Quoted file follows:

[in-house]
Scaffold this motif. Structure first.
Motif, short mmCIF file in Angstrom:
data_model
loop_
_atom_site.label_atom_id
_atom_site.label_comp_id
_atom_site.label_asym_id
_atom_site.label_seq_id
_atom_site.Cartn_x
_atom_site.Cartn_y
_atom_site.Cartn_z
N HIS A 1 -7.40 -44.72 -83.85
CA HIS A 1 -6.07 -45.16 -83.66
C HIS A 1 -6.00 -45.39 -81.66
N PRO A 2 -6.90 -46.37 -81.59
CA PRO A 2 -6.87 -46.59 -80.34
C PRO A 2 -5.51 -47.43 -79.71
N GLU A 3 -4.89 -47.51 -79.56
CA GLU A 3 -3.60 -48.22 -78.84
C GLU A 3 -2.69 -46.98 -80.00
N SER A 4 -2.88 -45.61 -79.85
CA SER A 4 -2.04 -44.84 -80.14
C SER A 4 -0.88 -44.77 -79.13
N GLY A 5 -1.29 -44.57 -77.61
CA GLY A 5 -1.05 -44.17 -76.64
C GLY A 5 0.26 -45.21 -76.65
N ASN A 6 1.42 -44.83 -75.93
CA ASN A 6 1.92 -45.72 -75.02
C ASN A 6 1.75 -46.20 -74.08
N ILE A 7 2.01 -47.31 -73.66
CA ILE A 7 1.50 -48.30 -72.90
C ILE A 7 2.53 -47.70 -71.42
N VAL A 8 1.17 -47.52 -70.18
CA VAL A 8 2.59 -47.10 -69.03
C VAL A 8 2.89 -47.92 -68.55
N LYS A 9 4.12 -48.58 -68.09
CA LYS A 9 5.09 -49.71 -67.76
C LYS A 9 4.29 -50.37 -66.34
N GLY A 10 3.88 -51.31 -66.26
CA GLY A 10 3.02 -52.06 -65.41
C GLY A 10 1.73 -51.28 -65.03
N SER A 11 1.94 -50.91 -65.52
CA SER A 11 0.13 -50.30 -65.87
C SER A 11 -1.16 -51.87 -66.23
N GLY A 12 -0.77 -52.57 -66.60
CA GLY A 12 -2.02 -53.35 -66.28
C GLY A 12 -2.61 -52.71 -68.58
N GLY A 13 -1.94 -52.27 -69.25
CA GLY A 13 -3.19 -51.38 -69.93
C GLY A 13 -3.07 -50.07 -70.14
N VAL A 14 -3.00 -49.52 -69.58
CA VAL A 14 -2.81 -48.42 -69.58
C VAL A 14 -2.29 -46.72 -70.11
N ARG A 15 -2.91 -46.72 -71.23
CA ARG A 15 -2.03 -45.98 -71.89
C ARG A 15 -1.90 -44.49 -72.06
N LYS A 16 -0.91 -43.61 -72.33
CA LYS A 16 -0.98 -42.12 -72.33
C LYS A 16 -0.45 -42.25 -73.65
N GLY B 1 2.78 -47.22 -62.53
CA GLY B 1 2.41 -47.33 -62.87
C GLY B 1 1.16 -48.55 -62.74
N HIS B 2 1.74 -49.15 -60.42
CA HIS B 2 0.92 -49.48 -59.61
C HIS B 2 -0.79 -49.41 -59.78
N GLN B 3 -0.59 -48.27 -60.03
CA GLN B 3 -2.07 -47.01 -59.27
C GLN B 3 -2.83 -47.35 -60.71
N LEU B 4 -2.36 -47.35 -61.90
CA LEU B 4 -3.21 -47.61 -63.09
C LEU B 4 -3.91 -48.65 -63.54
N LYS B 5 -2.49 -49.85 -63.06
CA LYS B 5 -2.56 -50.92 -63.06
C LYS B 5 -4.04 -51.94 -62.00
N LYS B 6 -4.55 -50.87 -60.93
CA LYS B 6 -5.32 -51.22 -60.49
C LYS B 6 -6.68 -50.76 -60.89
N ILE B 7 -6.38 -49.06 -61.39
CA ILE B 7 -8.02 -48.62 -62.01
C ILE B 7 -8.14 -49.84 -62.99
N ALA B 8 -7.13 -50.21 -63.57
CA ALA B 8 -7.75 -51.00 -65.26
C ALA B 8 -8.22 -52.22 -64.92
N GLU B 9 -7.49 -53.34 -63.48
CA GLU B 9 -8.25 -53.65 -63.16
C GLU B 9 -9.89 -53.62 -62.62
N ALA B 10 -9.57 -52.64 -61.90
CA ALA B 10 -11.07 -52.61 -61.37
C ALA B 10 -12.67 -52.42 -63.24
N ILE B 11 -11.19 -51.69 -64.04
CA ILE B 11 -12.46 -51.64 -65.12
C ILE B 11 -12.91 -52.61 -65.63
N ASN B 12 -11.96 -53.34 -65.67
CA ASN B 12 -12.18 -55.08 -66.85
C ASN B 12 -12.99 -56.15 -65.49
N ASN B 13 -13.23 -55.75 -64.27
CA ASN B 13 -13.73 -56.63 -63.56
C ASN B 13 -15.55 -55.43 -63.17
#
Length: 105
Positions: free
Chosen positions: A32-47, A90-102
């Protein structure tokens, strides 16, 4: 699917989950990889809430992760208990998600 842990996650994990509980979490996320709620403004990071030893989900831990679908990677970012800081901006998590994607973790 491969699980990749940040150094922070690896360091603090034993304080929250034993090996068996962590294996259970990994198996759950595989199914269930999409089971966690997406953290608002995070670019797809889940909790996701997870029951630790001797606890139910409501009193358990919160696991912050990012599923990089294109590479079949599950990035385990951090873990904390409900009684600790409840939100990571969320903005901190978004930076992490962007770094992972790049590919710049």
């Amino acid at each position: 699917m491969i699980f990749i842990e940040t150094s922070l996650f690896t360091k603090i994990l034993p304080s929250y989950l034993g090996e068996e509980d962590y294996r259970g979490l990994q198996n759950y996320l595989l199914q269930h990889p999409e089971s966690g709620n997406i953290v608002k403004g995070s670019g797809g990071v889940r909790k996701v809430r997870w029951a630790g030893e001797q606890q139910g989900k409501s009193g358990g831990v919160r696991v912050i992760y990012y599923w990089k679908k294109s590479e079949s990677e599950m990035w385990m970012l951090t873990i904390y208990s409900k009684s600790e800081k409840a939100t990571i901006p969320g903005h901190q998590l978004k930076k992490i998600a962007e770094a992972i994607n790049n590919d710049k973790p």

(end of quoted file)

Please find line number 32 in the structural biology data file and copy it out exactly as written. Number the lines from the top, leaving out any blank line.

CA ILE A 7 1.50 -48.30 -72.90